The UPA’s Surrender to US Imperialism
At Copenhagen, Jairam Ramesh and Manmohan Singh worked overtime to broker this blatantly pro-US deal. An effort which earned them praise from none less than Obama in his post-conference speech. And while this betrayal of G-77 and of India’s poor is shocking, it is certainly not surprising. Some time back, Ramesh wrote a “confidential” letter to the Prime Minister articulating precisely the agreement which has been now signed. At that time, the UPA tried to defend itself and fend off the resulting uproar by distancing itself from Ramesh’s proposals. Now, after the Prime Minister himself has signed this proposal, the slavish, pro-US kowtowing of the UPA stands thoroughly exposed. Let us not forget that India has already announced targets for reducing carbon intensity (i.e. not total greenhouse gas emissions, but emissions per unit of GDP generated) – as a result of a ‘bilateral agreement’ with the US.
Not surprisingly, India’s and China’s stand has deservedly invited an angry response from the other developing countries. And it was not just the content of the agreement that merited their anger. The entire process of drafting the agreement was marked by secrecy and a lack of respect for basic democratic principles - most countries were deliberately kept away from the drafting process. Bolivia, Costa Rica, Venezuela and Cuba have therefore blamed those who have drafted the deal for showing them great "disrespect" by leaving them out of the drafting process and imposing their document on the vast majority. The Sudanese delegate Lumumba Di-Aping has gone to the extent of comparing the deal to the Holocaust.
Overall, the Copenhagen summit was a shameful display of the UPA’s subservience to US imperialism. Instead of this betrayal, what Jairam Ramesh and Manmohan Singh should have done was to cash in on the massive world-wide support and aspirations for a meaningful agreement. They should have joined hands with the vulnerable coastal nations most likely to suffer the most from the climate crisis and the G-77 to build pressure on the US. The industrialised countries, including the US, have to be forced to accept responsibility for their huge greenhouse gas emissions. More importantly, they have to be held accountable for the historic role that they have played over the past two centuries in contributing to the climate crisis through their capital and energy intensive economies.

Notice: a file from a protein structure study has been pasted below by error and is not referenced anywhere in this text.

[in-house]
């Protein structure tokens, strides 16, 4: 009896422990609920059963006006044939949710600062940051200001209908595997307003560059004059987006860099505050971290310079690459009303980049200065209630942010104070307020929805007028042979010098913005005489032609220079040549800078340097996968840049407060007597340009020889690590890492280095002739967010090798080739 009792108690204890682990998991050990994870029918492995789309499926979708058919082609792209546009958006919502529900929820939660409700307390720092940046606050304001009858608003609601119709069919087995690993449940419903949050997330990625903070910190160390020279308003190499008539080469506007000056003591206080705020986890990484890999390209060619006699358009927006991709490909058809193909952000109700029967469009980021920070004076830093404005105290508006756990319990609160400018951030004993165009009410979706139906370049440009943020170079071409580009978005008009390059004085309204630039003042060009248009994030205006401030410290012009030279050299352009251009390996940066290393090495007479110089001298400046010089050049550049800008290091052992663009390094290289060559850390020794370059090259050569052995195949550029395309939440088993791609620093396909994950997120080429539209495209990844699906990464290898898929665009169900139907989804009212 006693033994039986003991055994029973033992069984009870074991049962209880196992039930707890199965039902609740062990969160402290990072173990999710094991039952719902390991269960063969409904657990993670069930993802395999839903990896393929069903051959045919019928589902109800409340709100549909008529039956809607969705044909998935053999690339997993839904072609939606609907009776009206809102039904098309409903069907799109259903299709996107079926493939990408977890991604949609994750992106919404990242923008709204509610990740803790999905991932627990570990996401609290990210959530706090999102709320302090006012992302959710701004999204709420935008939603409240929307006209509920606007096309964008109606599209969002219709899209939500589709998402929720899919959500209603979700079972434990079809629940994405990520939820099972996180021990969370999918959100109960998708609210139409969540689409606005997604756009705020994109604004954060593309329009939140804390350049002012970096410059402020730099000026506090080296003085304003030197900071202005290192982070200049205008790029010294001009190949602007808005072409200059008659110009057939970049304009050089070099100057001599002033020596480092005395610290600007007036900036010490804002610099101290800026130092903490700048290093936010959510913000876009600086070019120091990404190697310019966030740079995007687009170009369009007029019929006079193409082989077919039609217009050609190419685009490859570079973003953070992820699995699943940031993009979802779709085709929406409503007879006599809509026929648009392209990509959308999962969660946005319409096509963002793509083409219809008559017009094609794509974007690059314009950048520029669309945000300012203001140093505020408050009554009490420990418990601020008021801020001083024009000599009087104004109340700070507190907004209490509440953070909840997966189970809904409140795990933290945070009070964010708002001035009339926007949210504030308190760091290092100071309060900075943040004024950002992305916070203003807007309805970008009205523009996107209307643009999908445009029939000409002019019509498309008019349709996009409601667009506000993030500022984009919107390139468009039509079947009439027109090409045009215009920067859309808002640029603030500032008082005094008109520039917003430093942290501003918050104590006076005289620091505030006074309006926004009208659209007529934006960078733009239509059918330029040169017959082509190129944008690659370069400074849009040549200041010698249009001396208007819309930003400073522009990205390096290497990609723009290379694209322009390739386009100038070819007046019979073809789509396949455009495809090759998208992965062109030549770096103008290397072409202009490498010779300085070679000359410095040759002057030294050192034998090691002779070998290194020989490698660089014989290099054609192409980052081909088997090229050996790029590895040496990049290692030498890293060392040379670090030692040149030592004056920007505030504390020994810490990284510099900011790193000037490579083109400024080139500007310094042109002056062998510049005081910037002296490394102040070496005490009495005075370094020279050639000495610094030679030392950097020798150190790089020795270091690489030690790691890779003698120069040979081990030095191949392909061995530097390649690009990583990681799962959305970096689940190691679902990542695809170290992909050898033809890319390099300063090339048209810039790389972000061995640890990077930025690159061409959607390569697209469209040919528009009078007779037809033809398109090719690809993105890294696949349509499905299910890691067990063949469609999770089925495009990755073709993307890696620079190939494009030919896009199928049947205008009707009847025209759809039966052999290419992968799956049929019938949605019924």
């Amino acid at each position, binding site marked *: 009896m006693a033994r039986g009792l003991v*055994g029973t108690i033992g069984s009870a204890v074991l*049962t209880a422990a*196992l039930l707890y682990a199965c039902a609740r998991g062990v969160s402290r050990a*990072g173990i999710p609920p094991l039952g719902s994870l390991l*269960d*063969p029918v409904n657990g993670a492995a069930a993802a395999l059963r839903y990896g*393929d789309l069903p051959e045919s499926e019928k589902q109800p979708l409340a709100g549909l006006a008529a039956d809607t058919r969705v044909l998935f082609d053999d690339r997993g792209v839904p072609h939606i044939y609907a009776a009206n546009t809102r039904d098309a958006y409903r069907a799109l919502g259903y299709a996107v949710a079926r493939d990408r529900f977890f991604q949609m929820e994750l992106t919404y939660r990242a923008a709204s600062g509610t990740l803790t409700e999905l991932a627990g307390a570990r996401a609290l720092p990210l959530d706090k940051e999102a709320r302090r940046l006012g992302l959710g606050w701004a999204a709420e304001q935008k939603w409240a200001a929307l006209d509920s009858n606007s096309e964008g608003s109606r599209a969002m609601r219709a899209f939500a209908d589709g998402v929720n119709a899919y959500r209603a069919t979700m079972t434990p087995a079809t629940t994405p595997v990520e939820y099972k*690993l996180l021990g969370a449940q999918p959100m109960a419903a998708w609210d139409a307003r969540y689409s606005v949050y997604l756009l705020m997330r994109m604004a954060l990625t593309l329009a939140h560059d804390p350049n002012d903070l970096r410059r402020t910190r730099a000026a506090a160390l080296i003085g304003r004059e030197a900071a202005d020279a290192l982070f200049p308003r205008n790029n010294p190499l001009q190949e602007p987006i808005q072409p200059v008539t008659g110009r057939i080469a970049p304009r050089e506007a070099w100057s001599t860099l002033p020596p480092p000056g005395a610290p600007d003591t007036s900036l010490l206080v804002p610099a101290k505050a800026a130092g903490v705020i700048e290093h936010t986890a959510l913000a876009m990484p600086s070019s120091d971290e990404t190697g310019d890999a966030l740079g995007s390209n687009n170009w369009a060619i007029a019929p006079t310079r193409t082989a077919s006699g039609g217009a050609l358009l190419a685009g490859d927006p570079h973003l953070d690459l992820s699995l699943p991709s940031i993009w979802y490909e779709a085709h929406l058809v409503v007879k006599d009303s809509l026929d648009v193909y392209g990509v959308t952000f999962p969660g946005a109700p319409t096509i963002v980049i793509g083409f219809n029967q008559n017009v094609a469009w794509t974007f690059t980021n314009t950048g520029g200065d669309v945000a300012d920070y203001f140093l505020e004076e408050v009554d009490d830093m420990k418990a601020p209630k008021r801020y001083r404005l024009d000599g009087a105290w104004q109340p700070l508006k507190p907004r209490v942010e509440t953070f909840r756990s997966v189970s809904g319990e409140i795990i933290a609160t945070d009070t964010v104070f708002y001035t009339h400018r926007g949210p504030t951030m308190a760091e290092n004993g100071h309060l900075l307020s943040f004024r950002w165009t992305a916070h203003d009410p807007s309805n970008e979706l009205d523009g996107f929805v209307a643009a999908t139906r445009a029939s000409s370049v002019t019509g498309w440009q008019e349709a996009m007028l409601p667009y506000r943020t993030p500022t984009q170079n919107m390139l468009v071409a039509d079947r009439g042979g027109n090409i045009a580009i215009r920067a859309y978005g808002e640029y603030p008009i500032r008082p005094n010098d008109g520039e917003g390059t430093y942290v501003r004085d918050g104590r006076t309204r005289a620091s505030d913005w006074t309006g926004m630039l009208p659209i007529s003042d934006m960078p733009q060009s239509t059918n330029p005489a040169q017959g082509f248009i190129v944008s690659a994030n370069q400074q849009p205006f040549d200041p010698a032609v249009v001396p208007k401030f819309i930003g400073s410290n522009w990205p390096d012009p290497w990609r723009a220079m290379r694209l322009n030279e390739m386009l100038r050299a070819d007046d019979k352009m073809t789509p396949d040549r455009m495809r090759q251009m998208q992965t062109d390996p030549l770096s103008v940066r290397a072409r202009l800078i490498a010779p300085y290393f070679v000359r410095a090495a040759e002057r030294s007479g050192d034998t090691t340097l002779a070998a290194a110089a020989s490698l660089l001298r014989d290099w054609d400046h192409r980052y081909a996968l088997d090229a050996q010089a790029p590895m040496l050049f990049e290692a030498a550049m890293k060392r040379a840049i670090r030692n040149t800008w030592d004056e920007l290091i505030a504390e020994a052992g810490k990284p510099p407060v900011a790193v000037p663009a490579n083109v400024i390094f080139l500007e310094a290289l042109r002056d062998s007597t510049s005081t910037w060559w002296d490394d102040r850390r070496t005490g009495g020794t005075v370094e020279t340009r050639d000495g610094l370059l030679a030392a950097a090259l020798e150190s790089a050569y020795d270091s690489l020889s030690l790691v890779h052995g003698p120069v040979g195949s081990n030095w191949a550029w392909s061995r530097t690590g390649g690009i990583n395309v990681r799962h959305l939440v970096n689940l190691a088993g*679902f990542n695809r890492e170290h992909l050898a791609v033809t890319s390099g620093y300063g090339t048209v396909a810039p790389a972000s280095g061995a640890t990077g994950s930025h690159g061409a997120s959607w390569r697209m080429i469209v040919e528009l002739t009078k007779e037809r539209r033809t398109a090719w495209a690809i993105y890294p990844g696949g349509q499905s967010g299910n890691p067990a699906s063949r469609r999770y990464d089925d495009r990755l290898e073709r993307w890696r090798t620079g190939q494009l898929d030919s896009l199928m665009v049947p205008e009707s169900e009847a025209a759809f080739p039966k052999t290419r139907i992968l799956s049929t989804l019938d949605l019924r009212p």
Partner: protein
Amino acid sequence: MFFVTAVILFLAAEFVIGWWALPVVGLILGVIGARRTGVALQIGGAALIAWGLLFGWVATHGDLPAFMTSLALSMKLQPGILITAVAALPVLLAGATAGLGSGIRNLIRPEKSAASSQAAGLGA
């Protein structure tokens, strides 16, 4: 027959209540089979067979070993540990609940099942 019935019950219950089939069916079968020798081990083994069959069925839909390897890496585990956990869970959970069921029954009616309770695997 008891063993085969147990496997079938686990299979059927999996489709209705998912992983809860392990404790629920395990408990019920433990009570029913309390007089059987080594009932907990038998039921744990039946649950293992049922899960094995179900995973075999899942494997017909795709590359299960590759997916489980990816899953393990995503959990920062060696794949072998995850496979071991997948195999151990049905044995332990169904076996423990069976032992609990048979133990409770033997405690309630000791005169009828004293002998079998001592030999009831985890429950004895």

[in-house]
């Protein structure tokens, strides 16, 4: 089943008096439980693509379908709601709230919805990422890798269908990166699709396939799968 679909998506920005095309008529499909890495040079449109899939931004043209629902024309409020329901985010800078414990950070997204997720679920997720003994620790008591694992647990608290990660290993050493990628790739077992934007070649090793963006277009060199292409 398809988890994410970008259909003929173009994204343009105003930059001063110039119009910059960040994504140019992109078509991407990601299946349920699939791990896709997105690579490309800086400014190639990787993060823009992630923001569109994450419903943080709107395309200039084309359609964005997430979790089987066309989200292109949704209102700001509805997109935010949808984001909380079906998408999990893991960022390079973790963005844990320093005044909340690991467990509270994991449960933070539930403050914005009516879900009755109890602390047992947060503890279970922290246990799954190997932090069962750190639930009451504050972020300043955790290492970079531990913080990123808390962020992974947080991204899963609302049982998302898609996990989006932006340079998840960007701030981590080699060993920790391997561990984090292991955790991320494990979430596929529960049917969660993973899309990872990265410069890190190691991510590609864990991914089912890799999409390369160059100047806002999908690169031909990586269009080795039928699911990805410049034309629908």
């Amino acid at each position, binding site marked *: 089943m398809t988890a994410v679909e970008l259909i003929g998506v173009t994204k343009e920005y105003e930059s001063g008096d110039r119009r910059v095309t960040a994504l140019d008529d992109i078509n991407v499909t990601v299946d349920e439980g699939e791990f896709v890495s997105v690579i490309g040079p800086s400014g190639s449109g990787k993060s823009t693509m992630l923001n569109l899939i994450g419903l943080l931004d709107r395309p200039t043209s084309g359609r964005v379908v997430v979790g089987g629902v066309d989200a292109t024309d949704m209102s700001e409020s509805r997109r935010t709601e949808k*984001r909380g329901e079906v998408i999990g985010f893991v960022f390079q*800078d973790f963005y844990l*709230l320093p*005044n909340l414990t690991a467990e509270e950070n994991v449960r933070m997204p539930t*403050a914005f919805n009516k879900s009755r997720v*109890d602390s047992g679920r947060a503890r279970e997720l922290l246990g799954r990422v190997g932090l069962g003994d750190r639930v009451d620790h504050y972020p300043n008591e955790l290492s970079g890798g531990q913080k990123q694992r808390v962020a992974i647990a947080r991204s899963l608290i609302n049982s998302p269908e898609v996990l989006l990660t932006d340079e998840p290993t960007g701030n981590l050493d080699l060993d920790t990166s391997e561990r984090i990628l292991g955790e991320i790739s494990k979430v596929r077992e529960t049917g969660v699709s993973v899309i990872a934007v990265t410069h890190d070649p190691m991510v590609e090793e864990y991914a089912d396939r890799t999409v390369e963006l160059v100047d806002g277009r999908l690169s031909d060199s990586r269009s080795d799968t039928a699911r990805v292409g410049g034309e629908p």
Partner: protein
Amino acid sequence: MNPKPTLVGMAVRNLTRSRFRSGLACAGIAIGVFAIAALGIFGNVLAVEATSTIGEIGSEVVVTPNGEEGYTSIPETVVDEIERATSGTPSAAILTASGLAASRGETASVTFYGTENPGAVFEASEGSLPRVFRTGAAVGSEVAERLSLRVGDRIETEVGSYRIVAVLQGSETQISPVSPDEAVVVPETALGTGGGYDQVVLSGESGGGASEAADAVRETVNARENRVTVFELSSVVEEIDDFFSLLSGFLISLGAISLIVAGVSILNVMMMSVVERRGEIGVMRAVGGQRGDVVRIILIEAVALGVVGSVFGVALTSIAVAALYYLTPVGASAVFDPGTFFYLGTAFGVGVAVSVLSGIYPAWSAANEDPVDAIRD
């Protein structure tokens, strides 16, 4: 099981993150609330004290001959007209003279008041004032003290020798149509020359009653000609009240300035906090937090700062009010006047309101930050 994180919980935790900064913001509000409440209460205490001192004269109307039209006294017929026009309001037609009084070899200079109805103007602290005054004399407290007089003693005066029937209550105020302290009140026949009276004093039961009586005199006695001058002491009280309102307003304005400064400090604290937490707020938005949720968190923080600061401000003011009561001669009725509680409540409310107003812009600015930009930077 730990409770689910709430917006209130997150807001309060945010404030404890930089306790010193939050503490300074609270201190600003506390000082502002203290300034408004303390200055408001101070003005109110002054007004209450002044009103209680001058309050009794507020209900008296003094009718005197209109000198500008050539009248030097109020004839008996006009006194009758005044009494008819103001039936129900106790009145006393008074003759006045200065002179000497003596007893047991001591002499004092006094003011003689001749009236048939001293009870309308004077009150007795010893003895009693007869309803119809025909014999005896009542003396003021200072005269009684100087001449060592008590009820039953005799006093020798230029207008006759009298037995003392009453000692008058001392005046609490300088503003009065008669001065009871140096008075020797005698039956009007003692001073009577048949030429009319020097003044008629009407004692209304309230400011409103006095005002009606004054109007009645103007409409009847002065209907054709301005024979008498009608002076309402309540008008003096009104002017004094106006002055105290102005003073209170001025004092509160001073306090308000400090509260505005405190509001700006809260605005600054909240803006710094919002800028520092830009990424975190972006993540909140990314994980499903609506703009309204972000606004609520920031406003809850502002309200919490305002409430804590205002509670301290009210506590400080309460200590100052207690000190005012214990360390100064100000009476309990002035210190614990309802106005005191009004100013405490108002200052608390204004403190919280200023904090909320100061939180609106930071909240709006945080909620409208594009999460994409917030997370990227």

India should of course also reduce its emissions – not because the US demands it, not even because it is a huge contributor of greenhouse gas emissions (though India’s total emissions are quite high, its per capita emissions are just 0.9 tonnes per person per year compared to the US’s 20.1 tonnes and China’s 2.3 tonnes) but because it is in the larger interests of India’s poor and because it is essential for maintaining the delicate ecological balance. India should have demanded funding and technology transfer from the industrialised countries for reducing its emissions. Let us understand very clearly that this funding is not a ‘gift’ from some of the richest countries in the world, it is rather a small attempt on their part to compensate the millions of poor in the developing countries for the massive crisis that they have plunged the world into through the mindless, profit-driven, ecologically insane ‘development’ paradigm that they have been pursuing for centuries. This funding could have been used to completely revamp our internal energy policy. It is an ideal time and occasion to pull away from our fossil-dependent energy policy to a more ecologically sensible one that depends more on renewable sources of energy.
However, it is clear that the UPA is least interested in pursuing any of this. For instance, forcing Indian industry to invest in cleaner technology or to comply with strict pollution standards is complete anathema to the current regime, which is hell-bent on protecting the huge profit margins of corporations. The UPA, with its single-minded agenda of pandering to US imperialism and corporate interests back home, would much rather take the business-as-usual approach. And in the process, be party to what the Sudan has called the new Holocaust.